Theology, political theory, doorstop biographies ... those are the books of drizzly autumn nights. On lazy summer afternoons, what you want is to cuddle up with an escapist book, curl your toes in the lakeside sand and get lost.
Here are suggestions for recent and soon-to-be-released books in variety of summer-escape genres, along with a peek at the tottering piles of tomes on some local folks’ nightstands. (For upcoming books, publication dates are specified.)
SKYJACK: THE HUNT FOR D.B. COOPER, by Geoffrey Gray (Aug. 9)
It’s been 40 years since an as-yet-unidentified man jumped off the rear stairs of a Boeing 727 with $200,000 in cash and into a nighttime rainstorm somewhere near Mount St. Helens. Gray surveys the suspects and describes the many lives that Cooper contorted.
The Snowman, by
Norway’s answer to Stieg Larsson: A little boy’s mother has just died — and somebody just made a snowman in his front yard ... facing back at the house, and wearing his mother’s scarf.
Murder One, by
A Seattle lawyer defends a revenge-minded fellow attorney for murdering the Russian drug lord who done her wrong.
Daniel H. Wilson
In the near future, our cell phones, ATM machines, traffic lights and animatronic dolls will conspire to murder us all. Comparisons have been made to the likes of Asimov, Heinlein and Crichton; Wilson, who lives in Portland, has a doctorate in robotics; and Spielberg has optioned it with himself as director.
The Wake, Watch, Wonder trilogy,
by Robert J. Sawyer
After an eye operation, Caitlin Decter can visualize all the Internet’s connections. But is Webmind benevolent — or a worldwide threat?
The Steampunk Bible, by Jeff Vandermeer
From Jules Verne to The League of Extraordinary Gentlemen, an illustrated guide to mashups of 20th-century technology with a Victorian sensibility.
“Summer" Chick Lit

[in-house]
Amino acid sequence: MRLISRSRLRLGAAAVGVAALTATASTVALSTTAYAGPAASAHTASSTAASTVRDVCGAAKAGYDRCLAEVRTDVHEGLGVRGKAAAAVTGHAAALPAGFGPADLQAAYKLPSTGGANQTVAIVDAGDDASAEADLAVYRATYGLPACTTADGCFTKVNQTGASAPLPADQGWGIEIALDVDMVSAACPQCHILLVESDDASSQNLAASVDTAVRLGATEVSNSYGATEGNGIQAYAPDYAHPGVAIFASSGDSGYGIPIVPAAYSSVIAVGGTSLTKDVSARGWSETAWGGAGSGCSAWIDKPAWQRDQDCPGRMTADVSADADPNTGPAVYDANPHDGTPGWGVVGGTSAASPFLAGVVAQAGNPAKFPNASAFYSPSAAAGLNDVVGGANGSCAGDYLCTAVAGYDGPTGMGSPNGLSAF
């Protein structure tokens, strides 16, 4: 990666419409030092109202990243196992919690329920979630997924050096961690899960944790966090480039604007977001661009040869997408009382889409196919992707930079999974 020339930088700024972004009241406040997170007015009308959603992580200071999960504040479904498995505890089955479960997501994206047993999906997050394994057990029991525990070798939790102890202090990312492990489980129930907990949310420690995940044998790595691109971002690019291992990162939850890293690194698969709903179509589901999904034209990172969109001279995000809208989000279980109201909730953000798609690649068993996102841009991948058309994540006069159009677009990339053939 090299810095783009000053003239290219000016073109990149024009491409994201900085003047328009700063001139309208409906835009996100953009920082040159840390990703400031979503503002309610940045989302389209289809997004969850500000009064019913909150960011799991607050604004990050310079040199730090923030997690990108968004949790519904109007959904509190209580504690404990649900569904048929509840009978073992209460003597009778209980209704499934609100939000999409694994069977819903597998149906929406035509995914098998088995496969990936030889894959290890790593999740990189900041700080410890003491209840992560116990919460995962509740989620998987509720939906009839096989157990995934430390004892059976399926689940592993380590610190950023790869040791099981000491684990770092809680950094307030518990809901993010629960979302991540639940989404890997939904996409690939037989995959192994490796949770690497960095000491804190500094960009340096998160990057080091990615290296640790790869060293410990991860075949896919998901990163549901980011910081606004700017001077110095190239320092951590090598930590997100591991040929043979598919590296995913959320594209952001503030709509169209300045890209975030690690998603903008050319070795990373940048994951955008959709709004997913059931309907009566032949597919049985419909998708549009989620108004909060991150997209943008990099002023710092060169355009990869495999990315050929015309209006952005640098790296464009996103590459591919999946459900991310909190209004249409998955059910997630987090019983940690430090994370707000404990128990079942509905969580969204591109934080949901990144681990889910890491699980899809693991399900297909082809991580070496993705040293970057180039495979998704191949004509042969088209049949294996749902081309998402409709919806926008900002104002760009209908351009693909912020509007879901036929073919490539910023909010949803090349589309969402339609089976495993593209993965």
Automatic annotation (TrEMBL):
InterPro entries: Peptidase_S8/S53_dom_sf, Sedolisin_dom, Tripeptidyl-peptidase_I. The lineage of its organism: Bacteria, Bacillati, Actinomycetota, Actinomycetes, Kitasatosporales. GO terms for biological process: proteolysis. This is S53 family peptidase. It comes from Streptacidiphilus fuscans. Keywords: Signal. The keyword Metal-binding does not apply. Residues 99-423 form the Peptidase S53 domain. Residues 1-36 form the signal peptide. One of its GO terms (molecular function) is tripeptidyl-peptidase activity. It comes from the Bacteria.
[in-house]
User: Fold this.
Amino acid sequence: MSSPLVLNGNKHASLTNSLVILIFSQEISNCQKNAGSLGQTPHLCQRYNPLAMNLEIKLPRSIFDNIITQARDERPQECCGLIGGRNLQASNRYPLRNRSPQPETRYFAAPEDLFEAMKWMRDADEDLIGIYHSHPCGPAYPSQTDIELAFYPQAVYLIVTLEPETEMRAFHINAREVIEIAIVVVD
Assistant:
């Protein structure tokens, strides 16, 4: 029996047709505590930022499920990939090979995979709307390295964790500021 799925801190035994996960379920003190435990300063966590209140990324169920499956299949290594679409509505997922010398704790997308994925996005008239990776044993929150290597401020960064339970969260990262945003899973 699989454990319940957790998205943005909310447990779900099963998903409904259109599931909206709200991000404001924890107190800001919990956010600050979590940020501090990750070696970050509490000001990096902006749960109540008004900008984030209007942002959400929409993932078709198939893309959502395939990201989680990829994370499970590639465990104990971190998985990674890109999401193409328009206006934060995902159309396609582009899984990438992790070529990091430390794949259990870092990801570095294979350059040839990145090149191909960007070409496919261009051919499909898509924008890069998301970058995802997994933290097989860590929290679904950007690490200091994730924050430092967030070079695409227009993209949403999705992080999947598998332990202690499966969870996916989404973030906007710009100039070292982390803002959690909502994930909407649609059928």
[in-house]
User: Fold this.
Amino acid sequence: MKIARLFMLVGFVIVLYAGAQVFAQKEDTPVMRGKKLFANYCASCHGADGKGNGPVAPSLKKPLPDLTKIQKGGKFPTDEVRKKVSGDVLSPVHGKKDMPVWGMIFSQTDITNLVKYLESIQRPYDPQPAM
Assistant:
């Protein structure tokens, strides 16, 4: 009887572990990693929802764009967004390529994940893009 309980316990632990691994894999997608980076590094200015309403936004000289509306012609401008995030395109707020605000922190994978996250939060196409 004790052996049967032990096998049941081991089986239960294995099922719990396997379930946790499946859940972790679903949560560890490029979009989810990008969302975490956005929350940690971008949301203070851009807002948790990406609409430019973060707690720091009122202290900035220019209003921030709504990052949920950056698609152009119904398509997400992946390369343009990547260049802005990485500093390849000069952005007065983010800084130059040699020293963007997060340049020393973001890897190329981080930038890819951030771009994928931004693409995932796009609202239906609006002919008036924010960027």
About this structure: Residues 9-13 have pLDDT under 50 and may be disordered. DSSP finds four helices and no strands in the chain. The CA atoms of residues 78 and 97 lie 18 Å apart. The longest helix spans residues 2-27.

THE SUMMER OF US, by
(Three strangers — one’s rich, one’s engaged, one’s from a small town — wonder about finding Mr. Right over several weekends in a rented beach house on Martha’s Vineyard)
Summer Rental, by
Mary Kay Andrews
Three friends — one’s insecure, one’s been betrayed, one’s just been fired — interact with their landlord (so handsome!) and a woman on the run, this time on North Carolina’s Outer Banks
Summer Secrets, by
Dad and his three teen daughters won an around-the-world sailboat race, but now Dad’s drinking too much and a reporter’s prying.
Miss Peregrine’s Home for Peculiar Children, by Ransom Riggs
George R.R. Martin is dominating the lists, with his fifth Ice and Fire novel, A Dance with Dragons, set to appear on July 12. But for another side of fantasy, try Riggs’ debut novel: Grandpa has died after a lifetime of telling occult stories, and now his grandson travels to a remote island in Wales, where things start to get creepy. (The accompanying photos may be even creepier.)
The Last Werewolf, by
Glen Duncan (July 12)
What if you thought your species, on the very brink of extinction, might be better off just vanishing? And then you find out about the powerful groups that will stop at nothing to keep you alive ....
THE JEFFERSON KEY, by Steve Berry
For Dan Brown and National Treasure fans: There’s a centuries-old conspiracy to assassinate more U.S. presidents than you may realize, with a major clue in the text of the Constitution! Oh, and the conspirators are pirates.
Caleb’s Crossing, by Geraldine Brooks
An American Indian attends Harvard in the 1660s while local Calvinists assume he’s still just a savage.
Doc, by Maria Doria Russell
Wyatt Earp and Doc Holliday when they were just starting out in Dodge City